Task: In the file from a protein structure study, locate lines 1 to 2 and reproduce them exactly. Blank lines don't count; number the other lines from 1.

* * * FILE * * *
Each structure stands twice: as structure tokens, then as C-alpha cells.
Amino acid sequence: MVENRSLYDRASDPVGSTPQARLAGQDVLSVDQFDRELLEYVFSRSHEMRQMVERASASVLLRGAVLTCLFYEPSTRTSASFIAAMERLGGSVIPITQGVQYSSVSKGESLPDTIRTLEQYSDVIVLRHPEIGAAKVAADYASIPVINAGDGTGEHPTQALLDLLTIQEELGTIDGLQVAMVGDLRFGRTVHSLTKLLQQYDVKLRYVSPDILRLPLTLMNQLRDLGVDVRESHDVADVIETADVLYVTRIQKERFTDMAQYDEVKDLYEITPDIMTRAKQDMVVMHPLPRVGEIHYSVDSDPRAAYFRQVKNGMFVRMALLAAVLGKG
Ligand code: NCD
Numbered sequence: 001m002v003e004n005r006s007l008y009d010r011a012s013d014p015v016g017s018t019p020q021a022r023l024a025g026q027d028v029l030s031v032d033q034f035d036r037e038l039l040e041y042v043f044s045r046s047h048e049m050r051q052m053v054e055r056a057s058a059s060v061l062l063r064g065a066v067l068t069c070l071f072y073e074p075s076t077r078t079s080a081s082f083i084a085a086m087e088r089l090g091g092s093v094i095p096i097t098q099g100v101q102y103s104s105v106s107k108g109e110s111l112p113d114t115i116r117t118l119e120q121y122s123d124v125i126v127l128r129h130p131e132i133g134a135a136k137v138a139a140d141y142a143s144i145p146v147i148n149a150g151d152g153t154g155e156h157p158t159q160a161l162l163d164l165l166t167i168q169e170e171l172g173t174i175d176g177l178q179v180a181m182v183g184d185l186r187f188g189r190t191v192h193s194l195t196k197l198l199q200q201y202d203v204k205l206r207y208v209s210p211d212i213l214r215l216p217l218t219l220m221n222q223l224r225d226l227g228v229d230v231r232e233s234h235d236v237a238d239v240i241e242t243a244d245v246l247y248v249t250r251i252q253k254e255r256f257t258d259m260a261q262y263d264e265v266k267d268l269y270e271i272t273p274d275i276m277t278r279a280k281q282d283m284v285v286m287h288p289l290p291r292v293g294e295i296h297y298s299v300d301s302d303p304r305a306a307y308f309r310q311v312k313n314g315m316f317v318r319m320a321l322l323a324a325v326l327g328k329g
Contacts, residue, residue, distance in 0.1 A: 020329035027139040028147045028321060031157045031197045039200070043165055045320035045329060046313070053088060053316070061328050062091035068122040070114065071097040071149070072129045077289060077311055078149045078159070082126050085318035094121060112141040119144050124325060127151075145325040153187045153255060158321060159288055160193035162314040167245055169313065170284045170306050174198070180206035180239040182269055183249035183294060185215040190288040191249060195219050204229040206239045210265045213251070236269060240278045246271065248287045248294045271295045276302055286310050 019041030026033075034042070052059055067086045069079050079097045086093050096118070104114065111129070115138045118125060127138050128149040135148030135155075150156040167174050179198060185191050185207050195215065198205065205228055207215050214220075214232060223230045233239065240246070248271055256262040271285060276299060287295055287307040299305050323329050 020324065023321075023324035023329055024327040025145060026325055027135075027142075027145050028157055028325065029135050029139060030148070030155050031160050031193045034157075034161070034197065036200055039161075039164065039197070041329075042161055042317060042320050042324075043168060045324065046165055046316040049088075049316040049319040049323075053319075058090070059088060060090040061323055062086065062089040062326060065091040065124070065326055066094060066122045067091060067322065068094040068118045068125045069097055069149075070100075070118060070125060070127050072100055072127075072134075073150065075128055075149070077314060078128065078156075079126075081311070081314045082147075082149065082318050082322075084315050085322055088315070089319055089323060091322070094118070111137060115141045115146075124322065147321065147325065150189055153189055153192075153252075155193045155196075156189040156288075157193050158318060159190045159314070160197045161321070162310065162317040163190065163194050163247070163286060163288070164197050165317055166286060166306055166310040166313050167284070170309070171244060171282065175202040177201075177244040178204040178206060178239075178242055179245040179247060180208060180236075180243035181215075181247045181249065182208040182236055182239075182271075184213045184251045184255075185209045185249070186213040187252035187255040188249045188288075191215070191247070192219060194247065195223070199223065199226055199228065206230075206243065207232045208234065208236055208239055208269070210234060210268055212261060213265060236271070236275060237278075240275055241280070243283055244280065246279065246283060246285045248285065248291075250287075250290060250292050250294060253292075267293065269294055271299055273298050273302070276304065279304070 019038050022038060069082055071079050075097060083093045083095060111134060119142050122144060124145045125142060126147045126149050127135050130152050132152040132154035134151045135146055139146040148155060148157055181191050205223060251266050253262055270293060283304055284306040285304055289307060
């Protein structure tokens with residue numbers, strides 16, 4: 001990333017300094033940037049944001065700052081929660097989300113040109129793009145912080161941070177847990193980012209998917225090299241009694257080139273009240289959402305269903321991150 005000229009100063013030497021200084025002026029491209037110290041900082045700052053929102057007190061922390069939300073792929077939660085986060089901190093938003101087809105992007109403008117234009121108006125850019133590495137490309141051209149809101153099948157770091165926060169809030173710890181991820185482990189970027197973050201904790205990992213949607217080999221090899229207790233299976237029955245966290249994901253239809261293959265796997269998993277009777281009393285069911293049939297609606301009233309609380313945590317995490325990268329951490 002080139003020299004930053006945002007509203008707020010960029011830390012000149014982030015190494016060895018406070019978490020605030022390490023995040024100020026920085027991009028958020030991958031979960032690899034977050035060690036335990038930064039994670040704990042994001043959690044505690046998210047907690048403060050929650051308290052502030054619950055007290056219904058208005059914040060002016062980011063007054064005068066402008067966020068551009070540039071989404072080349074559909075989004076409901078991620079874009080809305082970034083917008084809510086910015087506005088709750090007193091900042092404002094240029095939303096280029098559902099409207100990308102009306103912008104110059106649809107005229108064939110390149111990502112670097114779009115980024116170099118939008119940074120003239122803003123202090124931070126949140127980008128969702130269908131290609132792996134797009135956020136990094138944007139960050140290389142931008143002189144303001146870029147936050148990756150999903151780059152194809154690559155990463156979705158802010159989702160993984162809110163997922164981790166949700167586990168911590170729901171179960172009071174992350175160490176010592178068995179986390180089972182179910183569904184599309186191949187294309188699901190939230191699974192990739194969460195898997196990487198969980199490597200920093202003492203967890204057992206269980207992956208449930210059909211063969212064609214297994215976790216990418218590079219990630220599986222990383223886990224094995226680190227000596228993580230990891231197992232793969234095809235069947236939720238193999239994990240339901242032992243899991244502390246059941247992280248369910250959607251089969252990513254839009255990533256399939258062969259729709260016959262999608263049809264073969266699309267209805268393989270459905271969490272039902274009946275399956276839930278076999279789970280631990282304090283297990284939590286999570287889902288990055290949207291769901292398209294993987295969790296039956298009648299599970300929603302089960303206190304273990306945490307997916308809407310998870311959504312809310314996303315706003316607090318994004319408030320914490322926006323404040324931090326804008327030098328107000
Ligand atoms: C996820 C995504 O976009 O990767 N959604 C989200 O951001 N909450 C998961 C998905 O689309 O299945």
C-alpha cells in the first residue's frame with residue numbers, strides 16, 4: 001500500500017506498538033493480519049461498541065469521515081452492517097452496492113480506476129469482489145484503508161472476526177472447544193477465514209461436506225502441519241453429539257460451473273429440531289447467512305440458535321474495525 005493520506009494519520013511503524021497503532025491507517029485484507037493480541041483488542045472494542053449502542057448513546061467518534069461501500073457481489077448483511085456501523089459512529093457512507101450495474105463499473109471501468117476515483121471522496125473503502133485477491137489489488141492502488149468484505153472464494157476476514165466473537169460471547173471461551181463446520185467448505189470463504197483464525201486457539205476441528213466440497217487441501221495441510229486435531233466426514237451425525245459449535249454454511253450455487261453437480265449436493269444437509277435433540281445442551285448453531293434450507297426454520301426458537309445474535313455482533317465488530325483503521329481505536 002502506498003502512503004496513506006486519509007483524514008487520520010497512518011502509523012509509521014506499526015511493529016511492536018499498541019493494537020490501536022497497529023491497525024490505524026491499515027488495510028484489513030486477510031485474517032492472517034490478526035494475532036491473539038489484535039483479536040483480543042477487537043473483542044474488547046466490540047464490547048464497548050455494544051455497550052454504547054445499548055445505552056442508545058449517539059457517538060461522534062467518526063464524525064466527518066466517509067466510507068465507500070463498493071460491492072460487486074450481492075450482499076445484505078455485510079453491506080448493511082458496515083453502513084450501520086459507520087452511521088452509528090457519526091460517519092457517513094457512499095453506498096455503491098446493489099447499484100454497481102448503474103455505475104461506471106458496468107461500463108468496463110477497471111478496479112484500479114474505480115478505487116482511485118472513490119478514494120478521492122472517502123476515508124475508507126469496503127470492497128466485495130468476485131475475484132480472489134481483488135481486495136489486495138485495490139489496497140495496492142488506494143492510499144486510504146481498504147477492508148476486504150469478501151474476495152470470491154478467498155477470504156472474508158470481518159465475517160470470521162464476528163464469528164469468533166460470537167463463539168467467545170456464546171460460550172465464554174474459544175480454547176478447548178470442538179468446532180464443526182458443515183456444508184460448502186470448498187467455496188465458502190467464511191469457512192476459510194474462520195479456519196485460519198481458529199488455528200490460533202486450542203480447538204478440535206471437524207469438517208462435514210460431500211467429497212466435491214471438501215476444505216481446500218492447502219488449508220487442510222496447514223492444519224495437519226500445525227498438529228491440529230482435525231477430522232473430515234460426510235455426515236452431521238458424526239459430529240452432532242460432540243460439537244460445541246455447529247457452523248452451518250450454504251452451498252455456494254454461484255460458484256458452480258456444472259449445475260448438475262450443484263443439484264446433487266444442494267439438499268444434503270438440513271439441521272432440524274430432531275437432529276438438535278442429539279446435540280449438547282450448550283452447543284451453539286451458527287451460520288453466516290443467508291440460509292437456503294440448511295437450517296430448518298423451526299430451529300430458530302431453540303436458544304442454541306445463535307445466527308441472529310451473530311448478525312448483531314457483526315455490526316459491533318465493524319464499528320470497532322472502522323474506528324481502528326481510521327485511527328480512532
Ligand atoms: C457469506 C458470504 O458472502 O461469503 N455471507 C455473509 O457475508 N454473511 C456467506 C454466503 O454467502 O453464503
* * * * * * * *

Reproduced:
Each structure stands twice: as structure tokens, then as C-alpha cells.
Amino acid sequence: MVENRSLYDRASDPVGSTPQARLAGQDVLSVDQFDRELLEYVFSRSHEMRQMVERASASVLLRGAVLTCLFYEPSTRTSASFIAAMERLGGSVIPITQGVQYSSVSKGESLPDTIRTLEQYSDVIVLRHPEIGAAKVAADYASIPVINAGDGTGEHPTQALLDLLTIQEELGTIDGLQVAMVGDLRFGRTVHSLTKLLQQYDVKLRYVSPDILRLPLTLMNQLRDLGVDVRESHDVADVIETADVLYVTRIQKERFTDMAQYDEVKDLYEITPDIMTRAKQDMVVMHPLPRVGEIHYSVDSDPRAAYFRQVKNGMFVRMALLAAVLGKG